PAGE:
Card Sharks (1978)
Card Sharks (1978) was a game show that ran on NBC daytime.
Two contestants--one representing red, the other blue--each have a deck of playing cards, and on a rack display, five face-down cards are dealt for each player. A question is posed to the first player as to how many people in a national survey responded to it. The player makes a guess, then the opponent tells if that figure is higher or lower. The correct answer is given; whoever is right controls his/her cards.
The first card in the player's rack is turned up. The player may choose to change the up card. He/she must tell if the next face-down card is higher or lower. He/she may freeze at any time. If he/she is wrong, the opponent plays his/her own card set (he/she cannot change the first card in this instance). A game is won once a player runs the five cards or the opponent fails to turn over his/her cards on the final question (four questions per game maximum). Winning a game pays off $100. Two games wins the match. If a tie-breaker game is required, each player is dealt three cards and plays up to three survey questions.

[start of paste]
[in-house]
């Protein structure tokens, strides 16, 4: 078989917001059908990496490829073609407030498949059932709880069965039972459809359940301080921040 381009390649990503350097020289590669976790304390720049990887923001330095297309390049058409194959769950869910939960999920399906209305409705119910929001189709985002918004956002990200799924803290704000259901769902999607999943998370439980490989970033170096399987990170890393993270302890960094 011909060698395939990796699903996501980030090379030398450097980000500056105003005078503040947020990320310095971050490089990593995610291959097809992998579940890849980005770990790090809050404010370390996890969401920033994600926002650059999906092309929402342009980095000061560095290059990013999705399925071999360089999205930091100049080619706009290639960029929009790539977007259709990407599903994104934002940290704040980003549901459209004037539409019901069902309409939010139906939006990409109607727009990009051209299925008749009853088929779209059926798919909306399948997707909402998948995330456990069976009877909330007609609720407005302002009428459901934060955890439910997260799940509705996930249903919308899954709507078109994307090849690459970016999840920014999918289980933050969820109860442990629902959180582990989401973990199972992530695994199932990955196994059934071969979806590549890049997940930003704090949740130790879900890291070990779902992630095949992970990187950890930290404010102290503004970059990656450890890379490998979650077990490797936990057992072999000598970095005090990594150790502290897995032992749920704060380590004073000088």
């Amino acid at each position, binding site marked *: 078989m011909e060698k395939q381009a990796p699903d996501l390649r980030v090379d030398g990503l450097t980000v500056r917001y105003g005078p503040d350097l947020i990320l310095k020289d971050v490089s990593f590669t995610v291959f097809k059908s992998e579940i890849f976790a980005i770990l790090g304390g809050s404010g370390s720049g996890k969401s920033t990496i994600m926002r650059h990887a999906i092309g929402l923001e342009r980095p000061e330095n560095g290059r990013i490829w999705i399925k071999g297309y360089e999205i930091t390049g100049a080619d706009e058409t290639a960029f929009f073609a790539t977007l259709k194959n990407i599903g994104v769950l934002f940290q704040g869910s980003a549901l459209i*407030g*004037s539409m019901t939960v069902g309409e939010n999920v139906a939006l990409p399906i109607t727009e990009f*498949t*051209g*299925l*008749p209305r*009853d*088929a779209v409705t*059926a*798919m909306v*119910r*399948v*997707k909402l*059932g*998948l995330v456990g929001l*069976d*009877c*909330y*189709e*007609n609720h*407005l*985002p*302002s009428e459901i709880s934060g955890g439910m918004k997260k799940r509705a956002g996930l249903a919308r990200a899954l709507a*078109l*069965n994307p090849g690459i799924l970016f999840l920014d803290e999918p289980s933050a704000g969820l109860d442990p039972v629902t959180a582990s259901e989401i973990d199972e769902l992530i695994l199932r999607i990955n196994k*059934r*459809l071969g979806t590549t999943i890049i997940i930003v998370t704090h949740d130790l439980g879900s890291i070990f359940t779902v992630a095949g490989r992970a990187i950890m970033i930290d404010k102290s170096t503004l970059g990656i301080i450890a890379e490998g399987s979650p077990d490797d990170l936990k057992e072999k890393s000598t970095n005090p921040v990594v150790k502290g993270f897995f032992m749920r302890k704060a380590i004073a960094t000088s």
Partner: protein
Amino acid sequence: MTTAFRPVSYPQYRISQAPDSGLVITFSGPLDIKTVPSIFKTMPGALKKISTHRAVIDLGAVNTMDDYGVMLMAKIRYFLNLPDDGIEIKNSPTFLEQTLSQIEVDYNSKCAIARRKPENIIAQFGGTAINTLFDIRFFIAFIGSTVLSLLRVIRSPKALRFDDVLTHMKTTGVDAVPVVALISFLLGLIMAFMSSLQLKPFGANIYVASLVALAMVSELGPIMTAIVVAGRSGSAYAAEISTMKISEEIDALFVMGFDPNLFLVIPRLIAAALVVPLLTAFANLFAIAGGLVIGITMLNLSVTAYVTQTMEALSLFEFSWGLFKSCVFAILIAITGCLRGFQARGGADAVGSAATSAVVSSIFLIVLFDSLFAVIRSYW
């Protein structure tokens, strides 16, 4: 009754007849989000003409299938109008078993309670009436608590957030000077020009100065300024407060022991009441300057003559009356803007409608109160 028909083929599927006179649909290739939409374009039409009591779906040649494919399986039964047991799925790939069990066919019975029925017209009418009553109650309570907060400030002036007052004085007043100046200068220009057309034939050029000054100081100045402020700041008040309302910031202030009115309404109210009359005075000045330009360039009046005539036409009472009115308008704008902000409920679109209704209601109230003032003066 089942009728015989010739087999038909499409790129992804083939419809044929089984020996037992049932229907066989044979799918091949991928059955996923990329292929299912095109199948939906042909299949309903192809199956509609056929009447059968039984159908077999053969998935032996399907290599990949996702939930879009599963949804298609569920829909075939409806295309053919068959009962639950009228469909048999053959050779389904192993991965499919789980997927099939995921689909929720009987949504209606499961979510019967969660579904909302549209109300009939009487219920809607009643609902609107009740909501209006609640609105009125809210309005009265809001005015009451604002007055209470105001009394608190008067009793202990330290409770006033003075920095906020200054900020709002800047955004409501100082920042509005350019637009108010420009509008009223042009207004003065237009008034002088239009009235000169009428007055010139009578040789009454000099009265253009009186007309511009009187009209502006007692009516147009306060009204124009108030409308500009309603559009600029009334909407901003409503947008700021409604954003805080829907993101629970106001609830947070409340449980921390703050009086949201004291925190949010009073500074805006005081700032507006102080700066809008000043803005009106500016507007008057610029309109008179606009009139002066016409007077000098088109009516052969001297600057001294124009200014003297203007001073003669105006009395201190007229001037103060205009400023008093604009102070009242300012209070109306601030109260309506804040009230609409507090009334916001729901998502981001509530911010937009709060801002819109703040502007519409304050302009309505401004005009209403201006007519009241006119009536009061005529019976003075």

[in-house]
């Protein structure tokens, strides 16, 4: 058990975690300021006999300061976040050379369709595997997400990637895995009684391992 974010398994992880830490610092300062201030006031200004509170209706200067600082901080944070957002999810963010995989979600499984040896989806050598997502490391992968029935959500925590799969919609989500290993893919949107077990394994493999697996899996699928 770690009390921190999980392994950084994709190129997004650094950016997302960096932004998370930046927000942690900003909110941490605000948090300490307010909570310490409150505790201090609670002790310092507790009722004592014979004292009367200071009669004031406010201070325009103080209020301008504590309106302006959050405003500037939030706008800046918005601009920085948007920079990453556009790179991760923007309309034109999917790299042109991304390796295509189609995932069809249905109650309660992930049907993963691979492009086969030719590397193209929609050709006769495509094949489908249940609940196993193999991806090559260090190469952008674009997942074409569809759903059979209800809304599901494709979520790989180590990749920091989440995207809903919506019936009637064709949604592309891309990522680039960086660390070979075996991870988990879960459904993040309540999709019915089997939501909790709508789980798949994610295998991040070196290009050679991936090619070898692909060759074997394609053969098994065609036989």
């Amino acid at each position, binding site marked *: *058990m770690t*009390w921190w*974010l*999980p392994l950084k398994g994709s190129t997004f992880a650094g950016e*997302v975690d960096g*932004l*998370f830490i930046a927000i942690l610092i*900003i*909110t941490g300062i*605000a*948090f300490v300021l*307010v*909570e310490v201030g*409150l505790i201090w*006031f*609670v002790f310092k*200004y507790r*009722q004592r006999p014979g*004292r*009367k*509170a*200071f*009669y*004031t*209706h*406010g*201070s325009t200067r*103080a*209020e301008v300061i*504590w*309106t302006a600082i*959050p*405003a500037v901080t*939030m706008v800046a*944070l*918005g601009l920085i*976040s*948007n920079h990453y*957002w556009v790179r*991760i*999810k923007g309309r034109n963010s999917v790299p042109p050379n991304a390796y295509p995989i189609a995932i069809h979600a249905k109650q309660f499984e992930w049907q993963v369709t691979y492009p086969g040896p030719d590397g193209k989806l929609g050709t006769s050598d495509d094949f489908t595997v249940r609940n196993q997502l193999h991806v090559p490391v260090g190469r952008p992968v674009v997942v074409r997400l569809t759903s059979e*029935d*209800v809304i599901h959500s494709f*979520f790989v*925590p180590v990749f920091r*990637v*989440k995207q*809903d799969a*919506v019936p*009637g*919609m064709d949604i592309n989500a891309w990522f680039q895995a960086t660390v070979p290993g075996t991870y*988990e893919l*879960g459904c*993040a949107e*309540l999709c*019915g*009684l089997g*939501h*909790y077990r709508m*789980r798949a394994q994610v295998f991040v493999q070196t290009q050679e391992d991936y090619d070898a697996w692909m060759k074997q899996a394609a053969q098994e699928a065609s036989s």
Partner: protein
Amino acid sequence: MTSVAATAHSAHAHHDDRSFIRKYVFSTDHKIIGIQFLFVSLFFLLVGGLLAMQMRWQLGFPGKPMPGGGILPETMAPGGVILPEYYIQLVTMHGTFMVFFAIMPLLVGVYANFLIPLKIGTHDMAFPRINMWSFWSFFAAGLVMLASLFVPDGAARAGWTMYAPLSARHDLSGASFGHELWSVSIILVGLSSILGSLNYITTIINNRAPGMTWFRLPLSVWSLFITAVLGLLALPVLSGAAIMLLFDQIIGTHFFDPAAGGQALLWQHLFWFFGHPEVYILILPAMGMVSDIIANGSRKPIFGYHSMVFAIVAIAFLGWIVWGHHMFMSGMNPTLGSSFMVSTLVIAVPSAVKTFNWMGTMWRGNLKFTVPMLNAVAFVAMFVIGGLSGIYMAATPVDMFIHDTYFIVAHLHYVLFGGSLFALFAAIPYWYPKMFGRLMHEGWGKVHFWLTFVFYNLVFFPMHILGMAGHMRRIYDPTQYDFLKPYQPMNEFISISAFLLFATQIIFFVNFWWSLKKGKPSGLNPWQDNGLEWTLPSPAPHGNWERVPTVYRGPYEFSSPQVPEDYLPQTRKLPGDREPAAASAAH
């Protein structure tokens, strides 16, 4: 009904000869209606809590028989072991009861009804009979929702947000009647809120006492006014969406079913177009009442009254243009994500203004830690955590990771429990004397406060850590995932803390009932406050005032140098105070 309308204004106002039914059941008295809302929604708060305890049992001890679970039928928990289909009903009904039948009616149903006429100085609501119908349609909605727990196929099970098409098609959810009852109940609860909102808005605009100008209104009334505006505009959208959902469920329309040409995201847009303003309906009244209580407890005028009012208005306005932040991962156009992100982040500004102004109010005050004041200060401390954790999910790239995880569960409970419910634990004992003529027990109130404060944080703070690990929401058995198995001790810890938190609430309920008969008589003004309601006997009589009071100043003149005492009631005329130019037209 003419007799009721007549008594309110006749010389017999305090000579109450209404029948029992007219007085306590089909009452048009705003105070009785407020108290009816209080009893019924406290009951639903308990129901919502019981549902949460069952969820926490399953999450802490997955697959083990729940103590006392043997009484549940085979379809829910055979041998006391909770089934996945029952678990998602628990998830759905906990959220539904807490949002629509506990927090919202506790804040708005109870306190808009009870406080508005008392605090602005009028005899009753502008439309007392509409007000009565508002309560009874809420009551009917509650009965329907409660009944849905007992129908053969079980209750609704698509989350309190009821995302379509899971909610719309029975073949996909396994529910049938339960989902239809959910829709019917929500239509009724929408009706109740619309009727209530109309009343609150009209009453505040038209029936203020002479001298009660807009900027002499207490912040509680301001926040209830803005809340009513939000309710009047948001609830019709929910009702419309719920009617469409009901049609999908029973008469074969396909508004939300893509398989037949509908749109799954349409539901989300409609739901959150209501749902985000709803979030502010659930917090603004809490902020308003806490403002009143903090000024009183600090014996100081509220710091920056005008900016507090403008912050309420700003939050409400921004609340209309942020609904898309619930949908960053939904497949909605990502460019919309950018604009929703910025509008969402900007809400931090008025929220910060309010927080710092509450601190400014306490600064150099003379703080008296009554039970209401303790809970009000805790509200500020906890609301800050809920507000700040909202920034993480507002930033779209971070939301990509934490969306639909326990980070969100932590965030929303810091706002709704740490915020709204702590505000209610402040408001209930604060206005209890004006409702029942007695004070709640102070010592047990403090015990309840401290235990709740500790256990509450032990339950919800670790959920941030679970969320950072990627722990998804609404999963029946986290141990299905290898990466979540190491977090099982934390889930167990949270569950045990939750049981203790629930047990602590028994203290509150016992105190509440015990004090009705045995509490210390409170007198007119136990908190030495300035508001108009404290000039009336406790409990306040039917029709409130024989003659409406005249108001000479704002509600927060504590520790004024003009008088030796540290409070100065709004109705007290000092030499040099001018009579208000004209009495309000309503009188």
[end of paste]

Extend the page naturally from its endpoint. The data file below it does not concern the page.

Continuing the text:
The champion plays the Money Cards. On a board rack, four down cards are placed on the bottom, three in the middle (first spot empty) and one on top (first spot empty). Staked to $200 of betting money, the first card is turned up, and the contestant may change it and the base card on each line. The player makes a wager ($50 minimum) that the next card is higher or lower. A successful run on the bottom row now places the last card on the second row's first spot and the player gets $200 more to bet with. A successful run places the last card on the top row's first spot and the player must bet at least half of what he/she has that the card is higher or lower. A matching card at any time loses that wager. If a player busts (bets everything at any time and makes an incorrect call) on the first line, then the card on which he/she busts is put up as the first card on the second line. The game ends if the player busts on the second line.
After three years on NBC, the show returned on CBS and syndication in 1986. Another version debuted in 2001 in syndication. And yet a newer version is now being produced for ABC primetime later in 2019.
- At a Glance: Additional information about the series